But the pendulum swings both ways. In the last several years, the SEC proposed and adopted rules that seem to drag boards back into fund management. Amendments to rule 2a-7 ask boards to decide whether and when to impose redemption fees and gates on money market fund investors. The new liquidity program rule tasks boards with evaluating the liquidity needs of funds. And a 2016 proposal would, if adopted, require boards to deeply enter the impenetrable world of derivatives.
There has been a sense among some observers that if the SEC could not figure out what to do in these difficult areas, it simply gave it to the boards to figure it out. That’s often what Congress does to the SEC when it passes legislation.
Investment Management Division Director Dalia Blass recently indicated that the staff is re-evaluating the extent to which the board is asked to play a role in the management of funds in current and future SEC rules. A recent rule proposed by the SEC seems to reflect a new approach. The December 2018 fund-of-funds proposal would require the fund adviser, rather than the fund board, to evaluate the complexity and fee structure of a multi-tier arrangement.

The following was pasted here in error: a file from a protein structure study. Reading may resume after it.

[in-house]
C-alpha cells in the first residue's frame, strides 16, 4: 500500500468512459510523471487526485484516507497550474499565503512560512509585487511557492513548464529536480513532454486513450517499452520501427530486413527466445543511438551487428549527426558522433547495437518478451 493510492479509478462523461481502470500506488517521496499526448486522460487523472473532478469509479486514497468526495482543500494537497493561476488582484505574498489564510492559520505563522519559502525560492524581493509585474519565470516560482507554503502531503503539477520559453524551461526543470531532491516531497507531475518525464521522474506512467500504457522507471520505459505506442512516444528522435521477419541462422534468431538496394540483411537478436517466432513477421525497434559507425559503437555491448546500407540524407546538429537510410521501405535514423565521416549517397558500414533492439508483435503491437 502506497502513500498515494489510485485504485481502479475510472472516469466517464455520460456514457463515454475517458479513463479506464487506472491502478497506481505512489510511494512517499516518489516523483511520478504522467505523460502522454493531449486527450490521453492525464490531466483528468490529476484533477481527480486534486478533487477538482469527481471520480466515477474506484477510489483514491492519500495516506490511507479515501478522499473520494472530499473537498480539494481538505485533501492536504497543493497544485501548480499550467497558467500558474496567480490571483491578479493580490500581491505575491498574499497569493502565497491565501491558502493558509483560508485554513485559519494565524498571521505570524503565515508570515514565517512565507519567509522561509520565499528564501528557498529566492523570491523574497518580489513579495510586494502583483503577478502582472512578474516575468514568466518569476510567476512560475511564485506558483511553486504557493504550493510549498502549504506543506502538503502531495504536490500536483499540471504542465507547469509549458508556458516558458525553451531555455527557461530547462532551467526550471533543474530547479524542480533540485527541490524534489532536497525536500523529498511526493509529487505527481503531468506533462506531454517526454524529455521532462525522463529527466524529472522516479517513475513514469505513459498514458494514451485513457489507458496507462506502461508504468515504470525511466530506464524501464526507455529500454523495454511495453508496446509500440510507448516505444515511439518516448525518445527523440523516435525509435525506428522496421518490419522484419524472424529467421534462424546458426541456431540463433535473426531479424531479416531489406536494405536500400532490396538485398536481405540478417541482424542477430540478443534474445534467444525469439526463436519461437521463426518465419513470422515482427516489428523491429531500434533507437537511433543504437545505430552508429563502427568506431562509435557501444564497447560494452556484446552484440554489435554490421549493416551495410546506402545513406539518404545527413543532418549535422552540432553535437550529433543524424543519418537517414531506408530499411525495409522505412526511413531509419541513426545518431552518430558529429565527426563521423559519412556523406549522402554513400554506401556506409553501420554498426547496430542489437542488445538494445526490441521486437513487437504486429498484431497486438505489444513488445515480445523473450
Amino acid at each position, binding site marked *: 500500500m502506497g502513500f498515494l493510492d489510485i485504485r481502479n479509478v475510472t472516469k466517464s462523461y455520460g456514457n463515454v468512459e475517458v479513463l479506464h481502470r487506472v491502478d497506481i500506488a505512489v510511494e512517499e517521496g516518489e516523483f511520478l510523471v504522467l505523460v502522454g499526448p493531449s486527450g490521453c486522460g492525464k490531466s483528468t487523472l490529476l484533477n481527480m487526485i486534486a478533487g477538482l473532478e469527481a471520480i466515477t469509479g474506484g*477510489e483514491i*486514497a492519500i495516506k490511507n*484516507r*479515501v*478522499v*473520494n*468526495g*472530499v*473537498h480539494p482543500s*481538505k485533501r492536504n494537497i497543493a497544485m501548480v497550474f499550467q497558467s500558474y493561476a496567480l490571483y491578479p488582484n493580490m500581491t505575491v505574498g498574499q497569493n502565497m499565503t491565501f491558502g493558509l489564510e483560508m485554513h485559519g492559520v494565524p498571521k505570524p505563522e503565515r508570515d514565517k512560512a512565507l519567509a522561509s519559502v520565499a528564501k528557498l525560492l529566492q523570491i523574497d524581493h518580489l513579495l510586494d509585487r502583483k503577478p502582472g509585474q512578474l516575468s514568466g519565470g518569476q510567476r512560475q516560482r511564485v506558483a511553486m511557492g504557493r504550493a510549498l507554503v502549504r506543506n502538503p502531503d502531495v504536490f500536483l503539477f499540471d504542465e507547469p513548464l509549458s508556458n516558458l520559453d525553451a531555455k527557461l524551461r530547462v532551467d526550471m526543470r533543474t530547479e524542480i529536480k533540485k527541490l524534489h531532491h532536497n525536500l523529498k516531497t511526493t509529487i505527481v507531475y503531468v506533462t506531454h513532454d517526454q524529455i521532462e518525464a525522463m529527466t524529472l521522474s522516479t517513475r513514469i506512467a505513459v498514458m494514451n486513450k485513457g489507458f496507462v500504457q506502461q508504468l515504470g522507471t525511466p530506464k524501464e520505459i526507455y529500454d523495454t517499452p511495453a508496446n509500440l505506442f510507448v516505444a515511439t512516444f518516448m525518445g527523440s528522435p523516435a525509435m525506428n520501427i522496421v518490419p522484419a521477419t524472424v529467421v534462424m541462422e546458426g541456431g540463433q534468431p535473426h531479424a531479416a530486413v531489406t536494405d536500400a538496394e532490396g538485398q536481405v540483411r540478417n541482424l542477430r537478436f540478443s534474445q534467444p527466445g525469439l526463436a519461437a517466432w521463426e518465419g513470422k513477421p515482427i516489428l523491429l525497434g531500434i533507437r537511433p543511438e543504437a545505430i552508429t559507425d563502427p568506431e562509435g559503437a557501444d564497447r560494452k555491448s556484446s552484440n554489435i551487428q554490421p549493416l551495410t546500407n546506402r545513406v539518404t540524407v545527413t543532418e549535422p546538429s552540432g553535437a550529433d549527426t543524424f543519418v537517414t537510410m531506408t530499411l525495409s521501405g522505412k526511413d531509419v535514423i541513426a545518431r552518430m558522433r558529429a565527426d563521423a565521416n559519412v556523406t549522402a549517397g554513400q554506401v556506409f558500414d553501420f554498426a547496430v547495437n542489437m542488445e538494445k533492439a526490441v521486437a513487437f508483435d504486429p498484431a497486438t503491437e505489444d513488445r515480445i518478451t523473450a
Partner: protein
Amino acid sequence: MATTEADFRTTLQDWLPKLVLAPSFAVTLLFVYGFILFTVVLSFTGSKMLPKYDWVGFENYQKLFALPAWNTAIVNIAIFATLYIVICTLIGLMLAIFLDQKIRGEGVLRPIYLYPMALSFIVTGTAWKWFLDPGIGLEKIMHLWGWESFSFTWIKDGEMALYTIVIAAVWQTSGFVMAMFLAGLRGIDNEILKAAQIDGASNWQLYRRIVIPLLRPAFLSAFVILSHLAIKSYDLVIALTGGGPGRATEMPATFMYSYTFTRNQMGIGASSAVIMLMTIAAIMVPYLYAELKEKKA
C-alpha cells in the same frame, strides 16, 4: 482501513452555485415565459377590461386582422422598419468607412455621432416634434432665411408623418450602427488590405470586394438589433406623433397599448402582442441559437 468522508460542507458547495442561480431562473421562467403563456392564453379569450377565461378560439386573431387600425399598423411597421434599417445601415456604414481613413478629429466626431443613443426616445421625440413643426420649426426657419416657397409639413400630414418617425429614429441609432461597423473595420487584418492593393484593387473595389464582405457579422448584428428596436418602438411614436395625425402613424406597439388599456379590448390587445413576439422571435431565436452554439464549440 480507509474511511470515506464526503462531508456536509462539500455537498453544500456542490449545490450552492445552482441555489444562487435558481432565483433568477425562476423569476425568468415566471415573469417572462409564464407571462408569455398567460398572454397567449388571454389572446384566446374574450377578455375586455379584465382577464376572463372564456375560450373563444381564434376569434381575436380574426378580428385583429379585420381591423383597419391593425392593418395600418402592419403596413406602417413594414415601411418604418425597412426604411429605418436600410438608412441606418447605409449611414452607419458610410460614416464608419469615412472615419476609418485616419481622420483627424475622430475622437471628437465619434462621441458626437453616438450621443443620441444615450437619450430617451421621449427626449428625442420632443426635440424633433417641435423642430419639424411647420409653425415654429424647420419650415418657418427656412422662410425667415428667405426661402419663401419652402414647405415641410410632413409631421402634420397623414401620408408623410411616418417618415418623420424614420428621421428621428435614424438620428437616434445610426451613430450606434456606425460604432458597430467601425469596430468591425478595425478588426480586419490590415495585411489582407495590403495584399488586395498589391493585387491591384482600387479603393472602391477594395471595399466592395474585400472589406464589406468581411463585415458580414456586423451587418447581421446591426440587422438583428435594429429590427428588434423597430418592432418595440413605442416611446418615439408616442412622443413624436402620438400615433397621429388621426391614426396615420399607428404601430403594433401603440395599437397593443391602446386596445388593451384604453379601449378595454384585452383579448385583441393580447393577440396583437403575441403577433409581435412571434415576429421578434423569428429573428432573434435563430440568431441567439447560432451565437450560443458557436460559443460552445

My experience with fund boards since leaving the SEC staff suggests there is something bolder the SEC should consider to pare back unnecessary board involvement in fund management. The SEC should adopt a rule exempting registered funds from the Section 15(c) process with respect to “independent sub-advisers,” or those that are not otherwise affiliated with either the fund or the principal adviser.
About 40% of funds today employ one or more sub-advisers. Section 15(c) requires boards of such funds to initially approve each sub-advisory contract, and after an initial two-year period, they must review and approve the contract’s renewal. This is so, even if a sub-adviser is compensated by the fund’s principal adviser.
Before initially approving or renewing the contract, directors submit a lengthy list of questions to each sub-adviser and receive back an even lengthier series of responses that focus on their competency, conflicts, and justification of their fee. The board then meets in person to discuss and approve each sub-advisory contract.